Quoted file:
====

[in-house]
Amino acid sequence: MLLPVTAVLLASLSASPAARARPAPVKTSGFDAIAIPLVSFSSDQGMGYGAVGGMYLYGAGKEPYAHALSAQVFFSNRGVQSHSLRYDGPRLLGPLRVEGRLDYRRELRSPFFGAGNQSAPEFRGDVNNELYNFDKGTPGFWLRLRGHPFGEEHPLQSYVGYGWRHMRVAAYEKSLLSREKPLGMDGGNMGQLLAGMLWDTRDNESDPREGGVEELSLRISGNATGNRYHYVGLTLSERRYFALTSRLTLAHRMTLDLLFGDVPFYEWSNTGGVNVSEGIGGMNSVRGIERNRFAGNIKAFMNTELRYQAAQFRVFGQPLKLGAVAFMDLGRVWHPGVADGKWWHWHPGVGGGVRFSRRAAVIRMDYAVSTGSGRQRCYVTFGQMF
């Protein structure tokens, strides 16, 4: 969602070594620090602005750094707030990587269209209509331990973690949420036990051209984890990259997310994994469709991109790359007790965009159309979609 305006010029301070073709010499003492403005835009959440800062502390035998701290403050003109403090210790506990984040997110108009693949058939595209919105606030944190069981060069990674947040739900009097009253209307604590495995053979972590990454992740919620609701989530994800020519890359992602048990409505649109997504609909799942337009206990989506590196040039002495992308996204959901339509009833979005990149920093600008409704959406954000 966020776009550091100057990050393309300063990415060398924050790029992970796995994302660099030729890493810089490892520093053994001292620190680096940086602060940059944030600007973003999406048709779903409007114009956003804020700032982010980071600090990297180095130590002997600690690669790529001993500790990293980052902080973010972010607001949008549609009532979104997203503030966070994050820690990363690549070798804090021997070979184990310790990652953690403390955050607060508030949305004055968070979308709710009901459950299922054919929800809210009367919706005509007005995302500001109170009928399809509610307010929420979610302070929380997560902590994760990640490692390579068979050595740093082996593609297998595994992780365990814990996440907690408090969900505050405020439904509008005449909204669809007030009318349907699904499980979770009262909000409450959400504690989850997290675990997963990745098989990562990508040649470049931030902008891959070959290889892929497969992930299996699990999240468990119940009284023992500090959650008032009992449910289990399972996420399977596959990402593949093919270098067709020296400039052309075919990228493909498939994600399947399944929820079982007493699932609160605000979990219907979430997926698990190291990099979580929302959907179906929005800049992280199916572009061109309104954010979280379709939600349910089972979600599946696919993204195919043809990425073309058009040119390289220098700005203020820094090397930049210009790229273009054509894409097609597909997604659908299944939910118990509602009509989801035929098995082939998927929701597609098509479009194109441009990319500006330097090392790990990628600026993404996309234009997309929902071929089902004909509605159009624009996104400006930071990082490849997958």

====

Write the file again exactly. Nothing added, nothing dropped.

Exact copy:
[in-house]
Amino acid sequence: MLLPVTAVLLASLSASPAARARPAPVKTSGFDAIAIPLVSFSSDQGMGYGAVGGMYLYGAGKEPYAHALSAQVFFSNRGVQSHSLRYDGPRLLGPLRVEGRLDYRRELRSPFFGAGNQSAPEFRGDVNNELYNFDKGTPGFWLRLRGHPFGEEHPLQSYVGYGWRHMRVAAYEKSLLSREKPLGMDGGNMGQLLAGMLWDTRDNESDPREGGVEELSLRISGNATGNRYHYVGLTLSERRYFALTSRLTLAHRMTLDLLFGDVPFYEWSNTGGVNVSEGIGGMNSVRGIERNRFAGNIKAFMNTELRYQAAQFRVFGQPLKLGAVAFMDLGRVWHPGVADGKWWHWHPGVGGGVRFSRRAAVIRMDYAVSTGSGRQRCYVTFGQMF
């Protein structure tokens, strides 16, 4: 969602070594620090602005750094707030990587269209209509331990973690949420036990051209984890990259997310994994469709991109790359007790965009159309979609 305006010029301070073709010499003492403005835009959440800062502390035998701290403050003109403090210790506990984040997110108009693949058939595209919105606030944190069981060069990674947040739900009097009253209307604590495995053979972590990454992740919620609701989530994800020519890359992602048990409505649109997504609909799942337009206990989506590196040039002495992308996204959901339509009833979005990149920093600008409704959406954000 966020776009550091100057990050393309300063990415060398924050790029992970796995994302660099030729890493810089490892520093053994001292620190680096940086602060940059944030600007973003999406048709779903409007114009956003804020700032982010980071600090990297180095130590002997600690690669790529001993500790990293980052902080973010972010607001949008549609009532979104997203503030966070994050820690990363690549070798804090021997070979184990310790990652953690403390955050607060508030949305004055968070979308709710009901459950299922054919929800809210009367919706005509007005995302500001109170009928399809509610307010929420979610302070929380997560902590994760990640490692390579068979050595740093082996593609297998595994992780365990814990996440907690408090969900505050405020439904509008005449909204669809007030009318349907699904499980979770009262909000409450959400504690989850997290675990997963990745098989990562990508040649470049931030902008891959070959290889892929497969992930299996699990999240468990119940009284023992500090959650008032009992449910289990399972996420399977596959990402593949093919270098067709020296400039052309075919990228493909498939994600399947399944929820079982007493699932609160605000979990219907979430997926698990190291990099979580929302959907179906929005800049992280199916572009061109309104954010979280379709939600349910089972979600599946696919993204195919043809990425073309058009040119390289220098700005203020820094090397930049210009790229273009054509894409097609597909997604659908299944939910118990509602009509989801035929098995082939998927929701597609098509479009194109441009990319500006330097090392790990990628600026993404996309234009997309929902071929089902004909509605159009624009996104400006930071990082490849997958």